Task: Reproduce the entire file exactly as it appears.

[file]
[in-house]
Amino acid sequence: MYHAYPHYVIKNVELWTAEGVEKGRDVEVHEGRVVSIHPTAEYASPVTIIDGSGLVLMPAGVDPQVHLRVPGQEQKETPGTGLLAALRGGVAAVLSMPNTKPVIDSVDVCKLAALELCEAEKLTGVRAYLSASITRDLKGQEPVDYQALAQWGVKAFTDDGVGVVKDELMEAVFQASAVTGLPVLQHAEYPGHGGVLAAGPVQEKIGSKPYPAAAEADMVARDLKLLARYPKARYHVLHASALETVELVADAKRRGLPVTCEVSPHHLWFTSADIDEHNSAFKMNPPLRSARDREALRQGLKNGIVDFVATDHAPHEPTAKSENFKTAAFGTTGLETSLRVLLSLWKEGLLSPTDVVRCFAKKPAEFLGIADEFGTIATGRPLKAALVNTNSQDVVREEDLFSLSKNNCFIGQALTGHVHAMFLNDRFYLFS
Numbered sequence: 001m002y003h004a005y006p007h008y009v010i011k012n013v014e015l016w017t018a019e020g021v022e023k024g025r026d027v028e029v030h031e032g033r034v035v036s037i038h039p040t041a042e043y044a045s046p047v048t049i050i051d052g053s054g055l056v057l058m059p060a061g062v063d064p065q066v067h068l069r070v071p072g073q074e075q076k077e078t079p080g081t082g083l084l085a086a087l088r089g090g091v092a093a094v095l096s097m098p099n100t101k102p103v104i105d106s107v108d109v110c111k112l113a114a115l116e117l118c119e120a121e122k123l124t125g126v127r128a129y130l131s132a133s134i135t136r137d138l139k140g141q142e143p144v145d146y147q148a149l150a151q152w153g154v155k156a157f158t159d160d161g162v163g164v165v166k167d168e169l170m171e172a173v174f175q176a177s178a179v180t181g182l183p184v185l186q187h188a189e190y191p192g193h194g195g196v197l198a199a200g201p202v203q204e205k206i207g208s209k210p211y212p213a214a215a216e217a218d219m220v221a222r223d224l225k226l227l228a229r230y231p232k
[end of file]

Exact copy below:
[in-house]
Amino acid sequence: MYHAYPHYVIKNVELWTAEGVEKGRDVEVHEGRVVSIHPTAEYASPVTIIDGSGLVLMPAGVDPQVHLRVPGQEQKETPGTGLLAALRGGVAAVLSMPNTKPVIDSVDVCKLAALELCEAEKLTGVRAYLSASITRDLKGQEPVDYQALAQWGVKAFTDDGVGVVKDELMEAVFQASAVTGLPVLQHAEYPGHGGVLAAGPVQEKIGSKPYPAAAEADMVARDLKLLARYPKARYHVLHASALETVELVADAKRRGLPVTCEVSPHHLWFTSADIDEHNSAFKMNPPLRSARDREALRQGLKNGIVDFVATDHAPHEPTAKSENFKTAAFGTTGLETSLRVLLSLWKEGLLSPTDVVRCFAKKPAEFLGIADEFGTIATGRPLKAALVNTNSQDVVREEDLFSLSKNNCFIGQALTGHVHAMFLNDRFYLFS
Numbered sequence: 001m002y003h004a005y006p007h008y009v010i011k012n013v014e015l016w017t018a019e020g021v022e023k024g025r026d027v028e029v030h031e032g033r034v035v036s037i038h039p040t041a042e043y044a045s046p047v048t049i050i051d052g053s054g055l056v057l058m059p060a061g062v063d064p065q066v067h068l069r070v071p072g073q074e075q076k077e078t079p080g081t082g083l084l085a086a087l088r089g090g091v092a093a094v095l096s097m098p099n100t101k102p103v104i105d106s107v108d109v110c111k112l113a114a115l116e117l118c119e120a121e122k123l124t125g126v127r128a129y130l131s132a133s134i135t136r137d138l139k140g141q142e143p144v145d146y147q148a149l150a151q152w153g154v155k156a157f158t159d160d161g162v163g164v165v166k167d168e169l170m171e172a173v174f175q176a177s178a179v180t181g182l183p184v185l186q187h188a189e190y191p192g193h194g195g196v197l198a199a200g201p202v203q204e205k206i207g208s209k210p211y212p213a214a215a216e217a218d219m220v221a222r223d224l225k226l227l228a229r230y231p232k